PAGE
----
It’s April 14th, 1910. Our 27th President William Howard Taft is at Griffith Stadium in Washington, DC, attending the opening day baseball game between the Washington Senators and Philadelphia Athletics. On that day history is made when on the spur of the moment before the start of the game, umpire Billy Evans hands the ball to Taft, and, to the delight of the fans in the stadium, he becomes the very first President to throw the first ceremonial pitch over home plate. According to legend, it’s said that Taft, who was an ardent baseball fan, was absolutely beaming as he threw that first pitch. His radiant smile was why he was nicknamed Bill The Beamer.
But wait! This roly-poly chalkware statue of a beaming President Taft holding a baseball was made in 1909. That was one year before the historical event. It was well known at the time that he was a passionate fan, but I’m still impressed by the foresight in the decision to create this statue back in ’09.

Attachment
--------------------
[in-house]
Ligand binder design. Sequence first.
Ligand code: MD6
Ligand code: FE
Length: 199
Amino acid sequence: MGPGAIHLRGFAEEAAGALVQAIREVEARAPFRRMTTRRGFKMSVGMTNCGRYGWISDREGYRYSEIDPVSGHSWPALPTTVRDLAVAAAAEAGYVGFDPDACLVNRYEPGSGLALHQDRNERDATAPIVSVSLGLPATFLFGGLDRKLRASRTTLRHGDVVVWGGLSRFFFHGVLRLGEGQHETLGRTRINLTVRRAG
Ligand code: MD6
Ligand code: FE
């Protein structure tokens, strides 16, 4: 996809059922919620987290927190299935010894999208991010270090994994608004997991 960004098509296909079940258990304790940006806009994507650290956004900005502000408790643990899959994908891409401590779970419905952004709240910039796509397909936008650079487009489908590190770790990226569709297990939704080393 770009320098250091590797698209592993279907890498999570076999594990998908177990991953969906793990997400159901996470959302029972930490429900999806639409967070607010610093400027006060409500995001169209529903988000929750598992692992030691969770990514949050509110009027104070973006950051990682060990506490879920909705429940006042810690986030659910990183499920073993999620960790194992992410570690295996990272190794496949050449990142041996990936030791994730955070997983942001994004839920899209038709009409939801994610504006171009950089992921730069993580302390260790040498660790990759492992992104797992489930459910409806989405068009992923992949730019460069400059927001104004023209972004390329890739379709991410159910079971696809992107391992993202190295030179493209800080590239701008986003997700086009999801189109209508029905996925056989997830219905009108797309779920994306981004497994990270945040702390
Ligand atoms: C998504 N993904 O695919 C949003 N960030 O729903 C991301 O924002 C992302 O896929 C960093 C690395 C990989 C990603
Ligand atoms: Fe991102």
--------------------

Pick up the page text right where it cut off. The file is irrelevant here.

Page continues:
This is a very rare statue, its popularity in its day is comparable to that of modern bobblehead dolls. It’s 4 1/2″ tall and nearly 4″ wide. Inscribed on the front with “Bill The Beamer”, on the back with “Our Mascot”, and inscribed around the bottom with the phrase “Bill the Beamer Co. New York. Copyright 1909 By J.H. Trant”. In overall good condition considering it’s 101 years old, but is missing a piece of its straw hat.
“The game of baseball is a clean, straight game, and it summons to its presence everybody who enjoys clean, straight athletics. It furnishes amusement to the thousands and thousands. ” – William H. Taft
“Politics, when I am in it, makes me sick.” – William H. Taft